2 Thessalonians 2 (3)
Pray Psalm 79.8, 9.
Oh, do not remember former iniquities against us!
Let Your tender mercies come speedily to meet us,
For we have been brought very low.
Help us, O God of our salvation,
For the glory of Your name;
And deliver us, and provide atonement for our sins,
For Your name’s sake!
Read 2 Thessalonians 2.5-8.
1. What is the “mystery of lawlessness”? In what sense or senses is it “already at work” among us?
2. What is restraining the man of lawlessness from visiting destruction and waste (perdition) on all the world?
The “mystery of lawlessness” was already at work in Paul’s day, but it would get worse before the coming of the Lord. Paul had explained this to the Thessalonians while he was still with them. But the pressure from false teachers had caused them to begin losing sight of that sound instruction.
What is the “mystery of lawlessness”? We experience it every time we see something horrible or hear about something truly dastardly, and we say, “How can people do this to others?” Or when some white collar criminal is exposed, and we say, “How could he have so little regard for others?” Or when we hear the annual tally of abortions in this country, and we ask, “What’s wrong with people, that they cannot see the evil in this?” It’s indeed a mystery how people can be so cruel, deceitful, conniving, misleading, and lacking in compassion. The mystery of lawlessness can be understood only in the light of the Law of God, which is holy and righteous and good (Rom. 7.12). People who scorn that Law, preferring to be a law unto themselves, will do whatever they think they can get away with to satisfy their own selfish interests. No mystery there. The only mystery is just how deep and dark the sea of lawlessness can be.
But even now the man of lawlessness is restrained from visiting the worst of his destructive and wasteful ways on the world. God restrains him. The Holy Spirit restrains him. The presence of people who believe in God and who live by His Word and Law restrains him. The lingering echo of a Christian consensus in law and social order restrains the man of lawlessness. Even the fact that lawless people have the works of God’s Law written on their hearts restrains at least some of them from doing the worst they could imagine.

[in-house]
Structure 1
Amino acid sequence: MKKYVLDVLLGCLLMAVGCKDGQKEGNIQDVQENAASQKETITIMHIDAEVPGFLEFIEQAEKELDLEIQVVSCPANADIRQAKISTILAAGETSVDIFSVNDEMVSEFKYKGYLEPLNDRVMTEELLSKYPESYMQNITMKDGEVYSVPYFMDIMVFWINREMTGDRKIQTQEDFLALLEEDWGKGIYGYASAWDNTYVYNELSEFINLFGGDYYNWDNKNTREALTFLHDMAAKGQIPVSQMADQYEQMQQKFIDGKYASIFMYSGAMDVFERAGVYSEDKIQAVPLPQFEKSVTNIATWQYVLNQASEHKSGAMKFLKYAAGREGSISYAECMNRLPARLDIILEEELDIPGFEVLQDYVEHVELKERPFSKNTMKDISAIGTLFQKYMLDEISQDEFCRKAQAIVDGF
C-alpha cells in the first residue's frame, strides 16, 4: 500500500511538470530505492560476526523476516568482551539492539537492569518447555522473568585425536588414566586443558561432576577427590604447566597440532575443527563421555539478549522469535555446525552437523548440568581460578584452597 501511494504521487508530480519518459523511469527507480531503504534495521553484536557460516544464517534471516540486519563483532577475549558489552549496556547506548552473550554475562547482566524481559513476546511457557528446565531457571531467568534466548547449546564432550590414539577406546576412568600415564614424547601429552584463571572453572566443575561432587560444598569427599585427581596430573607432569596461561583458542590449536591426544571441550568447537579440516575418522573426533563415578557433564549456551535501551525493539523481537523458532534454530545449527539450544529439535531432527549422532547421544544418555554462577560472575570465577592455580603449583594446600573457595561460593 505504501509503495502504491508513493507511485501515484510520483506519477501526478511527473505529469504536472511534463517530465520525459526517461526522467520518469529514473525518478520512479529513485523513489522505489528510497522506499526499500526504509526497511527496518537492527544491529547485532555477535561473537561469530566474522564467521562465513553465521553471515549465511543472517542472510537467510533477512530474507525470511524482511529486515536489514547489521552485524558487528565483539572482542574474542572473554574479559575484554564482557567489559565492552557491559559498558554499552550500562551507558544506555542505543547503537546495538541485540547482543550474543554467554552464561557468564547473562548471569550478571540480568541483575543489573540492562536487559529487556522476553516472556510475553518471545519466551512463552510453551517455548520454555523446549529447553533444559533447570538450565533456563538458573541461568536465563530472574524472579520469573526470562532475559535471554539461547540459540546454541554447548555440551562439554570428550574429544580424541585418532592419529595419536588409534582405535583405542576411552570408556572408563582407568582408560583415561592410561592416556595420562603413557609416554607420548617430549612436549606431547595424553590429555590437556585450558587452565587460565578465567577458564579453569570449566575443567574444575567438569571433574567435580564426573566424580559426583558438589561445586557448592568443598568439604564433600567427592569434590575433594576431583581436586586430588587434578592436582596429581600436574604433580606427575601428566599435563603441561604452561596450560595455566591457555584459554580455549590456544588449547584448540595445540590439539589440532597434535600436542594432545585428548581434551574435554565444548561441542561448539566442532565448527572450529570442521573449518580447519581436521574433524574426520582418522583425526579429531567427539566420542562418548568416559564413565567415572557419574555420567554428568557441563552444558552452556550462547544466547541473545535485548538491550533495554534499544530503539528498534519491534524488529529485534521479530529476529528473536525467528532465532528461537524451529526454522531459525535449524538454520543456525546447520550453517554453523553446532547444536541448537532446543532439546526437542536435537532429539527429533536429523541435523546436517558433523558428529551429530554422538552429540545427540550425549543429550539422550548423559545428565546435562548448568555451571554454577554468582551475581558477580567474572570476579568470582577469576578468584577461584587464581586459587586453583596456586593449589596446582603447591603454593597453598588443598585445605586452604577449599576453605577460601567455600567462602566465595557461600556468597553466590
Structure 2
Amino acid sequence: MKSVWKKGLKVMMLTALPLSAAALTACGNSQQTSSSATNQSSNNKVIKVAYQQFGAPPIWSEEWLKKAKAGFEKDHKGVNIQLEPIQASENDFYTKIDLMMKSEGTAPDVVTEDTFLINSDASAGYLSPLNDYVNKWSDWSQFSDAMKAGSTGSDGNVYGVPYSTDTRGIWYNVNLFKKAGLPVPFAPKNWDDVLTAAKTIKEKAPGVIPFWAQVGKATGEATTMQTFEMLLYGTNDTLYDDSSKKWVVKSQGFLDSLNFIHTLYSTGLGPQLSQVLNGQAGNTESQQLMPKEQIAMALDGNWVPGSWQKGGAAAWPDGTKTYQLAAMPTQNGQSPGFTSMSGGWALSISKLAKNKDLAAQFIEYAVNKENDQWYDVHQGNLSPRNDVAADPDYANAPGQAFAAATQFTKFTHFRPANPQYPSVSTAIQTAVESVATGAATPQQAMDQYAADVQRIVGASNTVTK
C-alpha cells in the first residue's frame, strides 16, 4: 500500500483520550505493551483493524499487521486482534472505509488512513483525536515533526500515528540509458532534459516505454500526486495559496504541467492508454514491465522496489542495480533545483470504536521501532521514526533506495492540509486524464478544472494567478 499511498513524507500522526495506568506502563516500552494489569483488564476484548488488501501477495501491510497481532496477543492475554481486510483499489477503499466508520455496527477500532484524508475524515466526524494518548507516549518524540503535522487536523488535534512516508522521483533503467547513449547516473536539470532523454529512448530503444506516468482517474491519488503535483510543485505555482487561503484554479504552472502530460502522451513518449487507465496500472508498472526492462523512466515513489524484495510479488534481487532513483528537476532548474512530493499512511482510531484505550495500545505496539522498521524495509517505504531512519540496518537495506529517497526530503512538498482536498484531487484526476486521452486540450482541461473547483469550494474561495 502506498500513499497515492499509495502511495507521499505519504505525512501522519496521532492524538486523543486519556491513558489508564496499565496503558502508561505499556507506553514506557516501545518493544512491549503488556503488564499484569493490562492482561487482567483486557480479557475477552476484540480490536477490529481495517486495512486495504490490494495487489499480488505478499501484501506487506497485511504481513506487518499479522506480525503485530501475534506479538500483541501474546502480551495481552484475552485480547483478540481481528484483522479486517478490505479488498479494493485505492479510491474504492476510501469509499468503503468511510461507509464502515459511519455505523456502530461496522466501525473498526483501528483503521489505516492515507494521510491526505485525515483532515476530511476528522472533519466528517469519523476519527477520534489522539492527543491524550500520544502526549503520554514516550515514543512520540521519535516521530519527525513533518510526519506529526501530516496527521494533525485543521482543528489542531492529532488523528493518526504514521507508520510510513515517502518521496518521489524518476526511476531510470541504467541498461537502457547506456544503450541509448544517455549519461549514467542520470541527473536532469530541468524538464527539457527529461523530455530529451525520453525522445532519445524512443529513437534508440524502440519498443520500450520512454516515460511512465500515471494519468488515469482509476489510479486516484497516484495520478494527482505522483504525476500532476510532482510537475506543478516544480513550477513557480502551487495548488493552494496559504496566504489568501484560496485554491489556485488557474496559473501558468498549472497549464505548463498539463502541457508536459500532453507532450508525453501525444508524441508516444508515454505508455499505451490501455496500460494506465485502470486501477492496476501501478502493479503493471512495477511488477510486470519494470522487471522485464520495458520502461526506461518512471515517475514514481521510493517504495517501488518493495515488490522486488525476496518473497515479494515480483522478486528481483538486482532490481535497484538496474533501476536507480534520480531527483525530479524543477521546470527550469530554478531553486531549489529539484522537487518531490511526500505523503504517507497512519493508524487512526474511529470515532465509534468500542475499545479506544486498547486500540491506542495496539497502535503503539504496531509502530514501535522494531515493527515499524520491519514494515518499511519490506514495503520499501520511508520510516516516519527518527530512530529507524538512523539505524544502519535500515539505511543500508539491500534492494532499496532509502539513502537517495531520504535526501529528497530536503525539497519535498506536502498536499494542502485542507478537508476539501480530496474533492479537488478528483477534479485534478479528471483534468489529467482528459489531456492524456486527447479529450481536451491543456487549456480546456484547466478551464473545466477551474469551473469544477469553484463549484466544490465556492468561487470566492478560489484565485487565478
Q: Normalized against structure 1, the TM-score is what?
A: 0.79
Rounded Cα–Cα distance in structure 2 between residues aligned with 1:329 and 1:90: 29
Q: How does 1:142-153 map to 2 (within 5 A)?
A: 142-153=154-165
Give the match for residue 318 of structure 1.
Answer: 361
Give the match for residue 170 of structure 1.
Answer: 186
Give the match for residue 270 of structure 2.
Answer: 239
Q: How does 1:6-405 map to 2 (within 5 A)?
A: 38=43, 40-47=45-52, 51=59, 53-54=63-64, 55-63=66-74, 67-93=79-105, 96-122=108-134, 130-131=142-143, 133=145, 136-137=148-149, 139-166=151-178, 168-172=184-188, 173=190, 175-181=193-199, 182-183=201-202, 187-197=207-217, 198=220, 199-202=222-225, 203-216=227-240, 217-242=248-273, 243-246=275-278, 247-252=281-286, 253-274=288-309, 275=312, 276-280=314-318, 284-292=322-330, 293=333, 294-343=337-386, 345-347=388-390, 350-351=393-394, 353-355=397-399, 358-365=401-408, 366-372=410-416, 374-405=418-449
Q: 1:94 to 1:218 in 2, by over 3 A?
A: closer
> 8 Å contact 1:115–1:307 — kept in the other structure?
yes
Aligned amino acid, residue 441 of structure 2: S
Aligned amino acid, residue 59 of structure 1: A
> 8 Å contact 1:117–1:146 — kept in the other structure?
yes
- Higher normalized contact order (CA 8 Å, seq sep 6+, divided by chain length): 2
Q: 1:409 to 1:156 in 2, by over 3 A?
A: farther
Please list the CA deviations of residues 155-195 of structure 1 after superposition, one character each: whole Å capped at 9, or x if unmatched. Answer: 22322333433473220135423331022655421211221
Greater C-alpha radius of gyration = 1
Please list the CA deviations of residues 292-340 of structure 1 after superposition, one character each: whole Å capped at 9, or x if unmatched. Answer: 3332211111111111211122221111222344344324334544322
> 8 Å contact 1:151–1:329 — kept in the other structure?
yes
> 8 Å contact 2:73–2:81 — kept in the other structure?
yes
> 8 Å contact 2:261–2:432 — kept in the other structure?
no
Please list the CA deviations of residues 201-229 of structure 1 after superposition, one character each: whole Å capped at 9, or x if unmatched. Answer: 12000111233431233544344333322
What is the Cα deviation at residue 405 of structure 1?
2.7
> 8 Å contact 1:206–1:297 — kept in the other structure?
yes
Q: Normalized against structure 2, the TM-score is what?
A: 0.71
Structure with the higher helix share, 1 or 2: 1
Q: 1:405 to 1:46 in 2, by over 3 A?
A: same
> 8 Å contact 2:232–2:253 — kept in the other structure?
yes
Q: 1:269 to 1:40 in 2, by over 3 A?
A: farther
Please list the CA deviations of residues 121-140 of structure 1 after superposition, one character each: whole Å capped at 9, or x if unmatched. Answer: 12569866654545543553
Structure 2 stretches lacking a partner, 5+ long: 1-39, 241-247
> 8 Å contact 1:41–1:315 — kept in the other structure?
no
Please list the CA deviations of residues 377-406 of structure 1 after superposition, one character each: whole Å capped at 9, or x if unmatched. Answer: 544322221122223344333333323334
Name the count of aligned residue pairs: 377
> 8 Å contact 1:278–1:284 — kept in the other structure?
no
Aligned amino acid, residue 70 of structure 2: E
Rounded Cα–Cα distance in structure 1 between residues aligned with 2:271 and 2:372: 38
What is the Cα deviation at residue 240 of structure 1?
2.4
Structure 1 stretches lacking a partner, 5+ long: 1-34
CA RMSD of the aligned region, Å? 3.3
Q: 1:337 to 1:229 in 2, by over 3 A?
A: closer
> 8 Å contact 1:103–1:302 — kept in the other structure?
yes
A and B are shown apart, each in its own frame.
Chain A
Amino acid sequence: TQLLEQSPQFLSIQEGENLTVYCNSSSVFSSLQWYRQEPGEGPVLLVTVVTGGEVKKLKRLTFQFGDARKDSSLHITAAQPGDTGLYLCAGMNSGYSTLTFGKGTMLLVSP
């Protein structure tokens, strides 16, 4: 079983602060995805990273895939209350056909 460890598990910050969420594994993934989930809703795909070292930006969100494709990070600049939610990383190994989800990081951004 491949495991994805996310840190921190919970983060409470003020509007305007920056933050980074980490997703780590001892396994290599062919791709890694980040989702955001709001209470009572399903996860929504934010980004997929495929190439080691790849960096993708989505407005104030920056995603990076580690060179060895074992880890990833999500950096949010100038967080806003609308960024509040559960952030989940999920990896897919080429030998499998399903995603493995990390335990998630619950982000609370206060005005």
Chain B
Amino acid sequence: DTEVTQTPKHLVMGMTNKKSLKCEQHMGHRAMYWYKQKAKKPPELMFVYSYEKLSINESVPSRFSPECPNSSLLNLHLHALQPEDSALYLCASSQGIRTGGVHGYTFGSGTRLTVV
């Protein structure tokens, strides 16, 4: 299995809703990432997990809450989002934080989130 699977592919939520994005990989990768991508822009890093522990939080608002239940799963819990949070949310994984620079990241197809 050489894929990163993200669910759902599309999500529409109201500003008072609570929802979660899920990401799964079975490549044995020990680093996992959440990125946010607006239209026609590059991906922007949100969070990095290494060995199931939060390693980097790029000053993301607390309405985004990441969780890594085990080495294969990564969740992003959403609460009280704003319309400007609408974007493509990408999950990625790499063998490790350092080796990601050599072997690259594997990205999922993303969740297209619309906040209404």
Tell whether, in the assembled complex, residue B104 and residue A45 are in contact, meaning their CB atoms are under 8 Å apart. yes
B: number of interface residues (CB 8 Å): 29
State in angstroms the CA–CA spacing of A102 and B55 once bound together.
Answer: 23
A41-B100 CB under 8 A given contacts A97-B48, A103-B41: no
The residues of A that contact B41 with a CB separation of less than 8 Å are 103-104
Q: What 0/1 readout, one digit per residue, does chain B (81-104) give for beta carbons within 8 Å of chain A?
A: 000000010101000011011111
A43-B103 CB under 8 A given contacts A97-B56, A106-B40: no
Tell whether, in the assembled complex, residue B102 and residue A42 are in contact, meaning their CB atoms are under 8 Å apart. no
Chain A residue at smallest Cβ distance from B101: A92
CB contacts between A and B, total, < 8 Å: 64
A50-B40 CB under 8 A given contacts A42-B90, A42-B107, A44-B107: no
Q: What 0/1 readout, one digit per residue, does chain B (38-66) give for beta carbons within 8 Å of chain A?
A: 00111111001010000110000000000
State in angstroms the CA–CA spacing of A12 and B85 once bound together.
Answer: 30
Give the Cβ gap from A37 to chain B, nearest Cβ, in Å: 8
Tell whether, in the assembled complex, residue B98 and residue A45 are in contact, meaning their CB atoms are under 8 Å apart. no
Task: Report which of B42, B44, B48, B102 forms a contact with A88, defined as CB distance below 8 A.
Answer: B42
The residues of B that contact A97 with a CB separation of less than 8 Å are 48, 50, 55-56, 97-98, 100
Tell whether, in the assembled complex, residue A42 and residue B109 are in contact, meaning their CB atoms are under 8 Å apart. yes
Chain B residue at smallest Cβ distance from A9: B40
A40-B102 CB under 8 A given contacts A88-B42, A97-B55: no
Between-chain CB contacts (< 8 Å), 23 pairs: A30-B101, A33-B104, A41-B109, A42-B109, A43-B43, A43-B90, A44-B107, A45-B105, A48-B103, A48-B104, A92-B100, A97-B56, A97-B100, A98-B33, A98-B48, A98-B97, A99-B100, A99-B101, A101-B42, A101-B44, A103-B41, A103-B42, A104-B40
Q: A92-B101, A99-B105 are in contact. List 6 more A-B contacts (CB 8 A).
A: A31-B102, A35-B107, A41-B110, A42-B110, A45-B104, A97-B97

But a day is coming when those restraints will be lifted, probably gradually, and lawlessness will be the new law, the norm for human life. But before the man of lawlessness can destroy the world and himself, the Lord will return to do the job for him (v. 8). Paul intended to encourage the Thessalonians with these words, by giving them a context for understanding the lawlessness they were already experiencing and that which is yet to come.
1. How does God use individual believers to restrain the spread of lawlessness in their Personal Mission Field?
2. When believers identify lawlessness within their spheres of influence, what should they do? What about when they find lawlessness in their own souls?
3. Lawlessness will continue and increase until Christ comes again. Does this mean we shouldn’t work hard to realize more of the presence, promise, and power of His Kingdom, coming on earth as it is in heaven? Explain.
That which restrains and prevents the coming of the lawless one is the Holy Spirit. Severian of Gabala (fl. ca. 400 AD), Pauline Commentary from the Greek Church
Lord, teach me to love Your Law, then use me to…
Pray Psalm 79.
Pray for the persecuted Church throughout the world. Pray that your own church will resist the lawlessness of the world and hold fast to the Word and work of God. And pray that God would restrain and reproach lawless people who mock His Name; and cause many of them to come to repentance.
Sing to the Lord.
Psalm 79 (Passion Chorale: O Sacred Head, Now Wounded)
O God the nations all Your inheritance have spoiled!
Your City have they ruined, Your temple they have soiled!
Your servants’ bodies all to the birds of heav’n are thrown;
The flesh of all Your faithful the jaws of beasts now own.
The blood of faithful servants like water flows around;
And none are there Your saints to commit into the ground.
Our neighbors mock and scorn us: How long, O Lord, how long?
How long will You be angry and scorn our mournful song?
Pour out, O Lord, Your wrath on all who deny Your Name;
Who trust You not nor seek You, bring down to deepest shame!
For they have with great rancor Your precious saints devoured;
Lay waste their habitation at this late dreadful hour.
Why should the nations mock and say, “Where now is their God?”
Let there be known among them harsh vengeance for our blood!
Hear, Lord, our groans and sighing; preserve us by Your pow’r.
For we are fairly dying each day and hour by hour.
Reproach those who reproach us with judgment sevenfold!
Let thanks and praise to You by Your precious flock be told.
We are Your sheep, O Savior, we thank You all our days.
Look on us with Your favor as we declare Your praise.
T. M. Moore
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Except as indicated, Scripture taken from the New King James Version. © Copyright 1982 by Thomas Nelson, Inc. Used by permission. All rights reserved. All psalms for singing adapted from The Ailbe Psalter. All quotations from Church Fathers from Ancient Christian Commentary Series, General Editor Thomas C. Oden (Downers Grove: InterVarsity Press, 2006).All psalms for singing are from The Ailbe Psalter (available by clicking here).